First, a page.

price proportionately on our customers we can't
understand. Now, any reasonable Increase at
this time of tbe year Is all right bnt to knock the
breath out of us like that well, we can't stand it:
that Is all there Is about it You must remember
we have great many home productions td com
pete against, and while we admit tbe blossoms are
often Inferior to those you send us, yet the differ
ence In prices Is quite an Item.
This letter Is to see If yon have any conscience.
Will await yonr reply before taking chances on
bankruptcy by sending In further orders."
The damp, cloudy weather of tho past few
weeks has in a great measure retarded the
growth of the florists' beauties, and as tbo so
ciety season is just opening and the demand
constantly increasing, the wholesalers are tak
ing advantage of the combination, of circum
stances. That their action met with a "kick"
from ono firm the above letter, copied beforo
the ink was dry, proves conclusively. Whether
or no it will be an effective remonstrance re
mains to be seen.
Mr. Dell, with J. It A. A. Murdoch, when
asked bow be felt regarding the radical increase
in the price of flowers, said;
"Well, we don't like it, but we can't help our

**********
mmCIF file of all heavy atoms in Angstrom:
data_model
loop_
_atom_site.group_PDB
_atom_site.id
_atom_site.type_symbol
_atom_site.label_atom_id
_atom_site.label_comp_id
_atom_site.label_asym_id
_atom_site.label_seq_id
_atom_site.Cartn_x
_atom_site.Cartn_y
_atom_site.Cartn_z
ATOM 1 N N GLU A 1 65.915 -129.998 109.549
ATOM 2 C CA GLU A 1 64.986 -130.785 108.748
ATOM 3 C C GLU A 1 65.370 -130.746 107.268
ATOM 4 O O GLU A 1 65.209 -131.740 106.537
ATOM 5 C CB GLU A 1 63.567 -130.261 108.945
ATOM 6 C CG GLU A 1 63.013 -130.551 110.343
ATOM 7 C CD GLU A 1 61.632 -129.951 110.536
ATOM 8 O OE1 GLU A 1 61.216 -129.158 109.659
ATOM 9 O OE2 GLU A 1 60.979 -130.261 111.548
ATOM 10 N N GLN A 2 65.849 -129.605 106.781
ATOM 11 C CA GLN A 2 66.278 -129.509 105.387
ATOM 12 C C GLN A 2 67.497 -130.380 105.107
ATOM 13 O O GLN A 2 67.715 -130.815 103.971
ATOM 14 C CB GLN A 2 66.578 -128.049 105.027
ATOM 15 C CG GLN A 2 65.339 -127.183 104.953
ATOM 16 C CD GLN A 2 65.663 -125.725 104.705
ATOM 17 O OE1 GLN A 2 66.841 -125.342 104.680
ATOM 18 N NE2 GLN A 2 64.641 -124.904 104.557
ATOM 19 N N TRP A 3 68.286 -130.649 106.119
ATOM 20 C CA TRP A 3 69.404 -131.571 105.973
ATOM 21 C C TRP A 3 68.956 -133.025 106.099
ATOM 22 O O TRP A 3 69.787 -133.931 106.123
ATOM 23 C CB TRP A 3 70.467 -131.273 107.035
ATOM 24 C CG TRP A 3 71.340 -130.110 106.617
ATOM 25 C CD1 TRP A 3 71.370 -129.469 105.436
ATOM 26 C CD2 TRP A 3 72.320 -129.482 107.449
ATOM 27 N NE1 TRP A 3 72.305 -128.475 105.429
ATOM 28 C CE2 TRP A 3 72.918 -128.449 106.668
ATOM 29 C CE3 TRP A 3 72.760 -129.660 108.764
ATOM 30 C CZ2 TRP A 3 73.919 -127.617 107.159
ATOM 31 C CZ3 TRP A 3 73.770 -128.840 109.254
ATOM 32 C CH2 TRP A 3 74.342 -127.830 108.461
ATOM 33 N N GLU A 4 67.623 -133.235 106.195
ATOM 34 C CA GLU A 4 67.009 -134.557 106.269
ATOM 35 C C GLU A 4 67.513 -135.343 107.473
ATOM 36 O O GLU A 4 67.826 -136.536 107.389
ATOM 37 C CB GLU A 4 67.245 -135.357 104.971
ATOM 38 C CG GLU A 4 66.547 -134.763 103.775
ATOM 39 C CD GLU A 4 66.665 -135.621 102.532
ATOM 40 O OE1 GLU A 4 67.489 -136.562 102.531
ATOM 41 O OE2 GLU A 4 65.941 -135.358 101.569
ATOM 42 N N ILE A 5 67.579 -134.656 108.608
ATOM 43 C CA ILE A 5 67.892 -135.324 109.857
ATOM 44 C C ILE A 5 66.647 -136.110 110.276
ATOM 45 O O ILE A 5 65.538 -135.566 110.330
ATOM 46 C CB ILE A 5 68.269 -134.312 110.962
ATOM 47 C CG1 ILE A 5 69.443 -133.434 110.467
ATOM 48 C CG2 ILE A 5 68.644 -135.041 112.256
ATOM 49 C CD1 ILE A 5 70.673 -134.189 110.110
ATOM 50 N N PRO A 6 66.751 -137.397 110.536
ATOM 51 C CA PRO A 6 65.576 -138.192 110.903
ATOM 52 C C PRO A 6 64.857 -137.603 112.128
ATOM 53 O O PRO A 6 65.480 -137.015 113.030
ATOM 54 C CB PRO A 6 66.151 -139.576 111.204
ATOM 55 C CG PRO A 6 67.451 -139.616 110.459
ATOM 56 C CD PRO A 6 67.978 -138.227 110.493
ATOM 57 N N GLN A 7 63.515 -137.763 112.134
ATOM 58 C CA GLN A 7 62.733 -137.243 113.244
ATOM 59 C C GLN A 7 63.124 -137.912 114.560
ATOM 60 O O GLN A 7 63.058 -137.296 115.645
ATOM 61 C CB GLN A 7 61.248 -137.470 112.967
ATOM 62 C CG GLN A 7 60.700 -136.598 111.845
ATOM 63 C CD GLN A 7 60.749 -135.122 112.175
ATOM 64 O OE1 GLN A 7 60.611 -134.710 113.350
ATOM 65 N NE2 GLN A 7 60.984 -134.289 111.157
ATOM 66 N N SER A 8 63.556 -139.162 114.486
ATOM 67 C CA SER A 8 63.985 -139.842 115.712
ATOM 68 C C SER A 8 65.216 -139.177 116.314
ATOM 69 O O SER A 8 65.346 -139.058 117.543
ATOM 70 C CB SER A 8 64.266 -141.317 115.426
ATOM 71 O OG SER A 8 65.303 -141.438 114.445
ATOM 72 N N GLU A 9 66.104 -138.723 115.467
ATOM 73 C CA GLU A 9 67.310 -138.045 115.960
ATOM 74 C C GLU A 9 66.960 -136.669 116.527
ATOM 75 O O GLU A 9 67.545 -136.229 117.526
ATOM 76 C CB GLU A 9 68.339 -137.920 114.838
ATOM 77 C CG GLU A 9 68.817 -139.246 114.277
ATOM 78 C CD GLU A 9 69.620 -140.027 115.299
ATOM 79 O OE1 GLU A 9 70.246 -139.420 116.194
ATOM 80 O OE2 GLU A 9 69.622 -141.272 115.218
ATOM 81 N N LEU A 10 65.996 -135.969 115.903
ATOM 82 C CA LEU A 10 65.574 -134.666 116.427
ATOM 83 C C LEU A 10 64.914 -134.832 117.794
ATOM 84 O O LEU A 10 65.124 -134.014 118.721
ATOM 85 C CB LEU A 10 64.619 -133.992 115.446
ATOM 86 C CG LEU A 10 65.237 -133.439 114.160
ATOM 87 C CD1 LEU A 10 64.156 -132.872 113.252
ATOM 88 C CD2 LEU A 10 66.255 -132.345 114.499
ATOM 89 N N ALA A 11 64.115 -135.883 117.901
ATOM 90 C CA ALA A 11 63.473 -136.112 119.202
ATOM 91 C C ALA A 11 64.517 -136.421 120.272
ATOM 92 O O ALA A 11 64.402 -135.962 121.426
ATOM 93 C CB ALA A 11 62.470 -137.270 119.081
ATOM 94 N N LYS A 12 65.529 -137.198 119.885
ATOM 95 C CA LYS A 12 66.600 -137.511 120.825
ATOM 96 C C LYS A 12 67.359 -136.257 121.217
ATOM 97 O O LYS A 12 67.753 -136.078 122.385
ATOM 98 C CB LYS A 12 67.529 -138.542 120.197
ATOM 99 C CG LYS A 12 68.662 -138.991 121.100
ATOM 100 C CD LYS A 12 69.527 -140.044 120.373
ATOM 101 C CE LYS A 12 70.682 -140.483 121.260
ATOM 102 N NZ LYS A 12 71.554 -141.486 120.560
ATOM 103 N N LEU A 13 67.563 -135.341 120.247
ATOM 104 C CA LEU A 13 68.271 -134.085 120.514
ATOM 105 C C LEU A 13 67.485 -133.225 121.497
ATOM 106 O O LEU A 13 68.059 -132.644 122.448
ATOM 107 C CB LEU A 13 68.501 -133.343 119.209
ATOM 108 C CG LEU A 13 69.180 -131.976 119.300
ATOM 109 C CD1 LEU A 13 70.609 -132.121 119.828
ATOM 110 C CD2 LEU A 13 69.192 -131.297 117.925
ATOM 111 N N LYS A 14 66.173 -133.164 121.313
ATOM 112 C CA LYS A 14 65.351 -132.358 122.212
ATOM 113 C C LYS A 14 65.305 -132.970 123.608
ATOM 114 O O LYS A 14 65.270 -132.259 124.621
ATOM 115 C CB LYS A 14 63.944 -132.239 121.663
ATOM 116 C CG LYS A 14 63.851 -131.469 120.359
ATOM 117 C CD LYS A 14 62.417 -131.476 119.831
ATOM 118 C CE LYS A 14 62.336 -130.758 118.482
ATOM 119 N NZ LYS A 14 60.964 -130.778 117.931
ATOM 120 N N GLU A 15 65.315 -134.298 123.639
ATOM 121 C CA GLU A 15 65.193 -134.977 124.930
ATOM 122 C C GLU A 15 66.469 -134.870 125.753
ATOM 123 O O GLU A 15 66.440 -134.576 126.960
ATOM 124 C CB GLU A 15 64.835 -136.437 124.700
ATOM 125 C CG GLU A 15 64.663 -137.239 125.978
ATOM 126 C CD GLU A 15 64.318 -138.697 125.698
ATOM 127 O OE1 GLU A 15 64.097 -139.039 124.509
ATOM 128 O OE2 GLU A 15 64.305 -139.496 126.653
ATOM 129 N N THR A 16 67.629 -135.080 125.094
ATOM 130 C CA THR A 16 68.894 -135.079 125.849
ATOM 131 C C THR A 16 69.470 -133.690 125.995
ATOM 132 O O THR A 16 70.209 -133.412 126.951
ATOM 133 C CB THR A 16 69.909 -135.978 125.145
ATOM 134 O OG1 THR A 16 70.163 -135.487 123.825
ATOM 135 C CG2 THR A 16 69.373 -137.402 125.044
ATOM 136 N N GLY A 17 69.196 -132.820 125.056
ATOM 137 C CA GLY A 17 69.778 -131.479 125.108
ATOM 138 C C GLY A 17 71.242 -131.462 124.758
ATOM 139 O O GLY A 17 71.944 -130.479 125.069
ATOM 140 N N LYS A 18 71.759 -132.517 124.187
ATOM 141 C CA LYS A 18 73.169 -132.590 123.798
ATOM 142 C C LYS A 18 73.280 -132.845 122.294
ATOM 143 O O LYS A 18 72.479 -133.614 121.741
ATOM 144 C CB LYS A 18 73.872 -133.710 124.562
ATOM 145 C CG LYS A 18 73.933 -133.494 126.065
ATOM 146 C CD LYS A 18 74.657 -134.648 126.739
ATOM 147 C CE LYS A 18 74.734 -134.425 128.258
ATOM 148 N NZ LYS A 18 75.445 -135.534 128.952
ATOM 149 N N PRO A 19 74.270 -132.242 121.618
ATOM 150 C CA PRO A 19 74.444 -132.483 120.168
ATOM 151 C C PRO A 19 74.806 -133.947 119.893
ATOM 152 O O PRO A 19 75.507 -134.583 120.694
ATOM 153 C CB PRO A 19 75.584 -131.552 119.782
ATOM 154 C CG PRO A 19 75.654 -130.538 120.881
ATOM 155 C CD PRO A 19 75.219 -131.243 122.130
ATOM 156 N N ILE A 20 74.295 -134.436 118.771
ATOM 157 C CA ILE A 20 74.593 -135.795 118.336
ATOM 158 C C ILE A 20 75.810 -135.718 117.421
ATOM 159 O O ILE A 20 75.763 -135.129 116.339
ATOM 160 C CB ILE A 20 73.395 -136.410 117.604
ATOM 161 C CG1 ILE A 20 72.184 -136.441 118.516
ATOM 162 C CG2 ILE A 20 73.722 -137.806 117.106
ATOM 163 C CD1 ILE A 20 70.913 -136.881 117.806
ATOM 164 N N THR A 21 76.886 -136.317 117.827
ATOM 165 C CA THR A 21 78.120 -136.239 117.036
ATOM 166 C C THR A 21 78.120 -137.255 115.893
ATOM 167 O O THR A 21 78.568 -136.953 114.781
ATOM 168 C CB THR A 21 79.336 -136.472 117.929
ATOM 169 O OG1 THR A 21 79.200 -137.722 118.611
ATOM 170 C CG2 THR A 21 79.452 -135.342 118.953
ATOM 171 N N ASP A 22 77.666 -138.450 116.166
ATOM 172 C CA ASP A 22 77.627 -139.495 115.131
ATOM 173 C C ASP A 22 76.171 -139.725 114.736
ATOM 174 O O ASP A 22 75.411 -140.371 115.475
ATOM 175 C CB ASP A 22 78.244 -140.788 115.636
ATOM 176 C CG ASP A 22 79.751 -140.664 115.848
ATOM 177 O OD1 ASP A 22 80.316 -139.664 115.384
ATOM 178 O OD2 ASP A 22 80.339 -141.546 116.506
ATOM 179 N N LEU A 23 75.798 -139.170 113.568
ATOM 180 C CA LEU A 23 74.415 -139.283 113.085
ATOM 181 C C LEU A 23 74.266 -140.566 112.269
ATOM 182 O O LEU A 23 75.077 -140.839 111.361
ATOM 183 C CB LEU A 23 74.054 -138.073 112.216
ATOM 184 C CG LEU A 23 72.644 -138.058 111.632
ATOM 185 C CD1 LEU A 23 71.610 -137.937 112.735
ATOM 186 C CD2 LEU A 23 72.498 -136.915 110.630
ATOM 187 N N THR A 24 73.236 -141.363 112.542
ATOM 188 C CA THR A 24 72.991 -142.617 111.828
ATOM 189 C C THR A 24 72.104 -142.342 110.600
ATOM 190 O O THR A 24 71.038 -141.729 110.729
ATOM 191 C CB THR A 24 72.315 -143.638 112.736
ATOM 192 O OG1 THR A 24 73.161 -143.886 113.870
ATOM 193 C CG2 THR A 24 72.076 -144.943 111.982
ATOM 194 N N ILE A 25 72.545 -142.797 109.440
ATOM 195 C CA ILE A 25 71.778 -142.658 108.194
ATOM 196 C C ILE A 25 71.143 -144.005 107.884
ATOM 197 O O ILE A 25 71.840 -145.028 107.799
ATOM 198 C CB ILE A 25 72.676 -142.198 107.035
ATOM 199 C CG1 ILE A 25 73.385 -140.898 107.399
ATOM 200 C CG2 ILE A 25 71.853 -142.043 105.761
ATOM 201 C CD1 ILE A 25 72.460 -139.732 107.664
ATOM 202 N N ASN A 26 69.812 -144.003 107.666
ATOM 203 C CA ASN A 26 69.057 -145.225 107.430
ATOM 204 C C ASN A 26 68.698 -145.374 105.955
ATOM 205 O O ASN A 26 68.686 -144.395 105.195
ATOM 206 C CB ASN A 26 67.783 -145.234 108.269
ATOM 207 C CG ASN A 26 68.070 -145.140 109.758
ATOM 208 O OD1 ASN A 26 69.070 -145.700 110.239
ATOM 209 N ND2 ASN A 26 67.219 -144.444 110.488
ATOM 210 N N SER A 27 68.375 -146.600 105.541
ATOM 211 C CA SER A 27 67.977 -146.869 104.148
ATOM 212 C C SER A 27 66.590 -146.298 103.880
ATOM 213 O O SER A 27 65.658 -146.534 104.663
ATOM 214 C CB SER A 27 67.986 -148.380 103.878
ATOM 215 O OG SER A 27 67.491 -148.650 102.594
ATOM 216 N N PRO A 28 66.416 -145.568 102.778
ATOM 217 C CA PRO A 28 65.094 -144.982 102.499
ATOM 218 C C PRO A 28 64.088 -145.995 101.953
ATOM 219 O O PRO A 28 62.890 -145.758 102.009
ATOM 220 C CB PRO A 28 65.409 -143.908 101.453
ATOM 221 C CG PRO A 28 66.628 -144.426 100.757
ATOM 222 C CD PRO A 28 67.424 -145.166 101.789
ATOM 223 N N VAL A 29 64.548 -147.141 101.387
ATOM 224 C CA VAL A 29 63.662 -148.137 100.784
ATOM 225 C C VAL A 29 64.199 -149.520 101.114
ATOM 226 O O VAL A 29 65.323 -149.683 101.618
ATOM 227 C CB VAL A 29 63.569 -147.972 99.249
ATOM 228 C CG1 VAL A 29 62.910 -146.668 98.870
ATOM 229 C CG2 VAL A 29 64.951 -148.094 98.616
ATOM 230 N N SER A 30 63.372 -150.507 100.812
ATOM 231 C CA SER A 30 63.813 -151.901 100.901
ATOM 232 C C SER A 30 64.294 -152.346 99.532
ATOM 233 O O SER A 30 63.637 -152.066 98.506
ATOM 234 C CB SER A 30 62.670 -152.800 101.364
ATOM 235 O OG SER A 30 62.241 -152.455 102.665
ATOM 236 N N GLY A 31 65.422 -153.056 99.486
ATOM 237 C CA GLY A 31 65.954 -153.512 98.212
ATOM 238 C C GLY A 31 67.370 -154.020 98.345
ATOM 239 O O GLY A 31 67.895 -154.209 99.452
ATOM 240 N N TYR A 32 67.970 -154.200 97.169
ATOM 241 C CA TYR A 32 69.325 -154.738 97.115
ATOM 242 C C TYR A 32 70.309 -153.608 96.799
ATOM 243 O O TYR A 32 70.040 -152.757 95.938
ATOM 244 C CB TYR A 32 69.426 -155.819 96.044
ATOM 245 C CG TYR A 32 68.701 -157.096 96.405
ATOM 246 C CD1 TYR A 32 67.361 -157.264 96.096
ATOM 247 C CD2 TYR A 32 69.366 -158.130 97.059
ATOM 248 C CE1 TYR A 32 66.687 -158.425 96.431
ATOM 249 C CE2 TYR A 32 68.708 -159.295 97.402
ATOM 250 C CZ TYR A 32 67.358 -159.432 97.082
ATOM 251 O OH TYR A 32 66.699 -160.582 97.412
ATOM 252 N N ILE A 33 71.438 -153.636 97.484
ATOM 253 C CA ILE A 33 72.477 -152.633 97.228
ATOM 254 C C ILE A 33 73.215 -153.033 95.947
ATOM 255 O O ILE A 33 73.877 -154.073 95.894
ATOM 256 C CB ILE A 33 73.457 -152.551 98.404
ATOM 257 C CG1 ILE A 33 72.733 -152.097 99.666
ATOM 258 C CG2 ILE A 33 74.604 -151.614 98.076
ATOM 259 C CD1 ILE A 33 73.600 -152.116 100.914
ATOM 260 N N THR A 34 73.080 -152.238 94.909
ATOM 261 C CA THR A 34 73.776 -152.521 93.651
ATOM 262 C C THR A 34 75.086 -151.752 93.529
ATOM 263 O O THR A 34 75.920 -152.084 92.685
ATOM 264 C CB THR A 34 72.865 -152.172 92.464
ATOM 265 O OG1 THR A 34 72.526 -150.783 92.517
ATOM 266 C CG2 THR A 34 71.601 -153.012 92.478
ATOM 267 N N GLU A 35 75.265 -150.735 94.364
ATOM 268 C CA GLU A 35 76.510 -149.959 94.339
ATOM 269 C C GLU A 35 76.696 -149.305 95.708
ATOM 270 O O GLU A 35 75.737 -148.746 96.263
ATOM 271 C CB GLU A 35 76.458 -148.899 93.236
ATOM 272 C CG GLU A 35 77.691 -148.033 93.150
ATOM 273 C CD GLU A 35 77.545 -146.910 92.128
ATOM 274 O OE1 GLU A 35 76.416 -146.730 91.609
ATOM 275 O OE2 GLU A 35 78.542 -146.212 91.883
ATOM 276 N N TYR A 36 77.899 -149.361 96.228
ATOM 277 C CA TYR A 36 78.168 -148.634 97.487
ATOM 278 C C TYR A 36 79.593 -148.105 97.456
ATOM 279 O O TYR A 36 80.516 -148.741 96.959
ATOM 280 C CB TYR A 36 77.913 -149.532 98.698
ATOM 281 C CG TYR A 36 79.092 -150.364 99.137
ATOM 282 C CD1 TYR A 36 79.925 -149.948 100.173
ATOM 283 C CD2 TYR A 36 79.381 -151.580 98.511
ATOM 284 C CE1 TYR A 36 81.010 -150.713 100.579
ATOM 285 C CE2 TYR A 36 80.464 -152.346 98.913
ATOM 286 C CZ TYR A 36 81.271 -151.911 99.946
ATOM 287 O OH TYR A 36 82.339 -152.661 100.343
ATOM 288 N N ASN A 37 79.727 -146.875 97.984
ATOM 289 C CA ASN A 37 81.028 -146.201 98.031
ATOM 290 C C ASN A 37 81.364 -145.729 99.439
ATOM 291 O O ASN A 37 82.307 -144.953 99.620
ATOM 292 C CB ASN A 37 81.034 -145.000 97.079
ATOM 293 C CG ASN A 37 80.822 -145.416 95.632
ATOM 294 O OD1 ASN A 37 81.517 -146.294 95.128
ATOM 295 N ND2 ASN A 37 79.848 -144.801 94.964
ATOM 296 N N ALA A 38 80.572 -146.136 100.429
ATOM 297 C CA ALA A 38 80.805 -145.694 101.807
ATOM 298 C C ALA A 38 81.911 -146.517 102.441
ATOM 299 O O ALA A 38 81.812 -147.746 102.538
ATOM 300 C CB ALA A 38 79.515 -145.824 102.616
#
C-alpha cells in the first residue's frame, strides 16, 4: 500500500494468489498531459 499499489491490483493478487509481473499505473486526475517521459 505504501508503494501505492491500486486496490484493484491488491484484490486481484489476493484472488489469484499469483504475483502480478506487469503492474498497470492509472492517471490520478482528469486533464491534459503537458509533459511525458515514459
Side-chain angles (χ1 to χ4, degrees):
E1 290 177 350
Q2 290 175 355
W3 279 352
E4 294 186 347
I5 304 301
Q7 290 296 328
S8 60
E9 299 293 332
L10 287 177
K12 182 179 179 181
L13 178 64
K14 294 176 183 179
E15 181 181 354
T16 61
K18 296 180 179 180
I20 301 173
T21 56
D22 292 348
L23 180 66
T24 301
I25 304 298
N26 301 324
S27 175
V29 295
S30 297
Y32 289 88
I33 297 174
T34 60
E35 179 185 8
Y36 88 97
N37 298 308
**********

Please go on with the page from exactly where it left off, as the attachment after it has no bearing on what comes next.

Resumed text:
selves" for the New York florists control tbe
market and wo can't depend on home produc
tions, for our trade is too large, and tbe native
f;rowu flowers arc not nearly so large or luxur-
He furthermore said: "Wecxnect the win
ter prices to dawn upon ue about this time
usually, but they are making them pretty steep
this year on account of tho weather we hare
been enjoying (T) for the past month, which
has been demoralizing to the local growth of
At A. M. t J. B. Murdoch's they woro in
clined to to take an optimistic view, and said it
was just what they had been expecting. That
summer prices had rolgned up to last Saturday,
and they could not expect them to continue all
winter. People would have the flowers any
way, and the profit was Just about the same.
Various conditions ot resignation and rebellion
were found among the other florists, and some
interesting little bits of information regarding
different varieties of flowers gleaned from
Decline of Chrysanthemums.
The above lovely flowers aro losing ground,
not through lack of appreciation, for never
have they bad such a successful season as tbe
one just passed, but they are practically out of